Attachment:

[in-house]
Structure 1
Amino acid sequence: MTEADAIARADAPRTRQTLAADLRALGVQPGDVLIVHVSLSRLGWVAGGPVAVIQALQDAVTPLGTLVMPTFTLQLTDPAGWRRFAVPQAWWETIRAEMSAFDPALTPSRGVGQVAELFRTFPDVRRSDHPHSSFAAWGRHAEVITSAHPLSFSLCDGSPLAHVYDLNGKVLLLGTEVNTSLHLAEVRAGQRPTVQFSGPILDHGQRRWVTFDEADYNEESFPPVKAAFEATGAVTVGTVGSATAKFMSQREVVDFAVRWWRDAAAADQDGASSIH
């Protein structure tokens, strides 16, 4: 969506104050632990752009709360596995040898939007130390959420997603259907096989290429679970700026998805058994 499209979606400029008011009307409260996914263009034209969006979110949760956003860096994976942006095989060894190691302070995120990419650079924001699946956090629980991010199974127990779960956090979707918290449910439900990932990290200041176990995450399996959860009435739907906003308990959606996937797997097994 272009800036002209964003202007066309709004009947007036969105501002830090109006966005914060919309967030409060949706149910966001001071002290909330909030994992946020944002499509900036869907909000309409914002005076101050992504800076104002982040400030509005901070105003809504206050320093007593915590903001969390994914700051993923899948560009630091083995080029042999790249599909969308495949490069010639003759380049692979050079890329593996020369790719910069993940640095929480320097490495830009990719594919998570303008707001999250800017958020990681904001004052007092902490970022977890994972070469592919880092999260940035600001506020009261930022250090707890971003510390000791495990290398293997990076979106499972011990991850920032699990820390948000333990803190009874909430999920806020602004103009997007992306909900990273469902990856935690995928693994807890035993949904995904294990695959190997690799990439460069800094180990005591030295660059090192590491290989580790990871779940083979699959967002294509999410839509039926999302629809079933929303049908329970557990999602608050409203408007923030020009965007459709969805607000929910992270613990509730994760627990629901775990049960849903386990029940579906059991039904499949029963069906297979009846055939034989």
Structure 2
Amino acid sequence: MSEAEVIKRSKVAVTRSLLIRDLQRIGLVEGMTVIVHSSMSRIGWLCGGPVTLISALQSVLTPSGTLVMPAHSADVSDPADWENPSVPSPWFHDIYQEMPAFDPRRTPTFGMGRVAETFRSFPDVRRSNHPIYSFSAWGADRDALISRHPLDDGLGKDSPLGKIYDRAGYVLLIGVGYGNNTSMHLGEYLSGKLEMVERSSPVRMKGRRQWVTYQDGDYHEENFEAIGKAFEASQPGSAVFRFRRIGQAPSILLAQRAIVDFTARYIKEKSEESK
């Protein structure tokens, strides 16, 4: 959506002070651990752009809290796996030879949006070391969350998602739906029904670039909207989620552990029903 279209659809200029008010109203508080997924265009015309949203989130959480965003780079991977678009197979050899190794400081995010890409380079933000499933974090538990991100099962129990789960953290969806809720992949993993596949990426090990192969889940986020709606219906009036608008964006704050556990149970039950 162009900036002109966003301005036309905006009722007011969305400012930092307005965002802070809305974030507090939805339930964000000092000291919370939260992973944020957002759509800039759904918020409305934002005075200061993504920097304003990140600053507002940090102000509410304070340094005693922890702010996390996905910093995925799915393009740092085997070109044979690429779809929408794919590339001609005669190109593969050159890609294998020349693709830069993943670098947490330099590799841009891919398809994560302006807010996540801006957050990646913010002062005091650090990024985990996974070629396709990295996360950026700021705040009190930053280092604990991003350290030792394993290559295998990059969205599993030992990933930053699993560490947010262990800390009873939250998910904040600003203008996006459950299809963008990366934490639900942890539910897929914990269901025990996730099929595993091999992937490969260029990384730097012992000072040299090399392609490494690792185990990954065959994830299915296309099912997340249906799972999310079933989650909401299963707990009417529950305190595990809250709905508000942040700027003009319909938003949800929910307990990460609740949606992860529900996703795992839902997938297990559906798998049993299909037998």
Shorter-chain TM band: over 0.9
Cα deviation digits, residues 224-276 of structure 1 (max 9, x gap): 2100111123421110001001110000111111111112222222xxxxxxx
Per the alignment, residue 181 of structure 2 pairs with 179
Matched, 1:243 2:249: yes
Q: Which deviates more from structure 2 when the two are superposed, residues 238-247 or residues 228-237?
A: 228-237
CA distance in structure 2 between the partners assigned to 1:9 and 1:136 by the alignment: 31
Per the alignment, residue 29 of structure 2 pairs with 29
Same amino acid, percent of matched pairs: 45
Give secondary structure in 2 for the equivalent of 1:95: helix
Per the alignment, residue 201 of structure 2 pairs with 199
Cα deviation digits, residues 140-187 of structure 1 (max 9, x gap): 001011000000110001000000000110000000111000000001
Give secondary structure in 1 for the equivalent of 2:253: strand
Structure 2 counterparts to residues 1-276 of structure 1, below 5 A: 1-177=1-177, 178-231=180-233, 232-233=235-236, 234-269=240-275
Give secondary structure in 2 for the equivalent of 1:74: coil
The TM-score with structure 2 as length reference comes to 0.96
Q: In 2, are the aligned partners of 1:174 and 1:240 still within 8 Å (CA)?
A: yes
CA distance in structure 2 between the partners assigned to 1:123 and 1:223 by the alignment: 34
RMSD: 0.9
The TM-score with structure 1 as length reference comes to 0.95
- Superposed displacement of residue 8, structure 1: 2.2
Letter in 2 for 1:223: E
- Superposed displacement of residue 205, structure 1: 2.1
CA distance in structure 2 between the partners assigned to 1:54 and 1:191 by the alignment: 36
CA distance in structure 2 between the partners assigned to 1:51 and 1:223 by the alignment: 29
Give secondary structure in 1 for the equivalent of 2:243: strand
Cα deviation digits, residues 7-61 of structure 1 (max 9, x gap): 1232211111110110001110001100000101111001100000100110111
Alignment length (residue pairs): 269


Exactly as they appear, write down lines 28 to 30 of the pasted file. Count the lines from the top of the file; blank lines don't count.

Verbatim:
The TM-score with structure 1 as length reference comes to 0.95
- Superposed displacement of residue 8, structure 1: 2.2
Letter in 2 for 1:223: E